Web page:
I totally agree about this being too US-cetric. While $3.99 or whatever price one gets out of the ass might seem small for US citizens, it is not small to a lot of markets across the world. Mine included. For me, any app beyond $1.99 is already a “think very hard on it” and 99c is already “think it through”. If Apple wants to push the iPhone and iPod Touch all over the world then it must continue supporting 99c apps or else watch the platform crash and burn when it arrives in countries that considers 99c minimum wage. While the price of the hardware is already out of range of minimum wage earners, for those who could afford it (like me), learning that downloading the apps is an additional high cost would be a bummer. If that happens, I expect that any iPhone/Touch that would be sold here (and a lot of other places) would be automatically jailbroken. Does that help Apple or the developers? Raising App prices reduces it’s competitiveness in new markets; turning the platform into another niche product inside the wide world.

    Raising prices is not a solution for that particular problem. It just replaces 99c crap with $3.99c crap, while turning away potential buyers.

    I do agree on a demo period as a better solution to the problem

  13. James says:

    Regarding part 2:

    As a developer I would love the ability to provide a fully functioning time-limited demo of my programs. The only problem is Apple strictly prohibits this (for now). Thus you are seeing some developers (like myself) offering free, reduced-featured, versions of their products.

    But the App Store is evolving, and maybe (hopefully) this will come in the future.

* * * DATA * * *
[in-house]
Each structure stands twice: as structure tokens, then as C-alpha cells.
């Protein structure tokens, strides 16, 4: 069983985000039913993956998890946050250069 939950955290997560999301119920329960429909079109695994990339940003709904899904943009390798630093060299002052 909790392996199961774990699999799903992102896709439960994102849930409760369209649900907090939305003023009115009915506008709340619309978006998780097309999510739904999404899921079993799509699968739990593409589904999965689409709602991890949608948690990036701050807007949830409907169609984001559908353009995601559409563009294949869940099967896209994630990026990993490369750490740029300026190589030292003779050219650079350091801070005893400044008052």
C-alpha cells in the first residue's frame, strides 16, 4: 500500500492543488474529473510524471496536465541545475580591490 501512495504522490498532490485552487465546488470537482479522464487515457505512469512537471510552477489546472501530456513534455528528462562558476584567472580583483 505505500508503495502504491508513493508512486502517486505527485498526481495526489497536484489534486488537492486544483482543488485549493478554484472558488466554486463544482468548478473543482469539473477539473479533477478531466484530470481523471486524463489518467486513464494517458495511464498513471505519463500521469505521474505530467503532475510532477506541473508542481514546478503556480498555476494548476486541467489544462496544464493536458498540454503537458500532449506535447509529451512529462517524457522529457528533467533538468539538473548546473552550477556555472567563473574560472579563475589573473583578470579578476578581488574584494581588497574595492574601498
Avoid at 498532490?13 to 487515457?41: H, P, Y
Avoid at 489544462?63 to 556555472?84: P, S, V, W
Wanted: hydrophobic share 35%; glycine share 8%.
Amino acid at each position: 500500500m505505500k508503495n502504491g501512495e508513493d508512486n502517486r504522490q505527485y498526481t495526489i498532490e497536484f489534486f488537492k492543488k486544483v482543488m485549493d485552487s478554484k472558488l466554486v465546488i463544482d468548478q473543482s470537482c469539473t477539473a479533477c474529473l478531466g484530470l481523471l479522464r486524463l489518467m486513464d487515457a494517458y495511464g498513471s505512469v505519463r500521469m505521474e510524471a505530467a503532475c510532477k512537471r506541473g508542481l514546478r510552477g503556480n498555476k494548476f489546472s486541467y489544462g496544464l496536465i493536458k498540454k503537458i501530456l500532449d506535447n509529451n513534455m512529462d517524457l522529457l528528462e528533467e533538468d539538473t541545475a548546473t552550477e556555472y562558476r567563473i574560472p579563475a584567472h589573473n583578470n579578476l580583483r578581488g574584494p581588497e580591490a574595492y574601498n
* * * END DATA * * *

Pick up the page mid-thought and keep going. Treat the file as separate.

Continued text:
14. Killer's Dad says:

    $3.99 apps for iPhones? Great idea. Goes well with the idea of a Gas tax that makes gasoline cost $4 no matter what the price. If we charge $4 for gas, people drive less.

    If you charge $3.99 for apps, people buy less.

    But the auto-delete after 3 barren months is a good idea.

    And the 3 launch trial or 10 minute trial is a GREAT IDEA.

  15. Jim says:

    I don’t agree with raising the price on the apps. It goes back to that old saying about putting a dress on a pig – it’s still a pig. Putting a higher price on a piece of shit just makes it an expensive dump that you’ve loaded on your iPhone.

    I do like the idea of a timed demo, but that won’t necessarily slow the glut of shitty uploads.

    As others mentioned here, perhaps a time frame of so many purchases or your off the listing, or pay a fee to list your app. If it’s a winner, that fee will pay for itself. If it’s a tanker, you’ll be more prone to making something viable and useful for the masses.

    This kinda reminds me of the local kids sports programs they run now. They let all kids play instead of cutting the shitty players. Not every kid is a player – not every app is a winner either.

  16. exodus says:

    Skip part 1, i like my 99 cent gems. Part 2 takes care of it though. All apps should be free to try for 5 launches, then you gotta pay. Oh man, the crap developers would be pissed. Haha


  17. jeffrey says:

    The demo mode for all paid applications makes total sense. Palm has been doing this for years.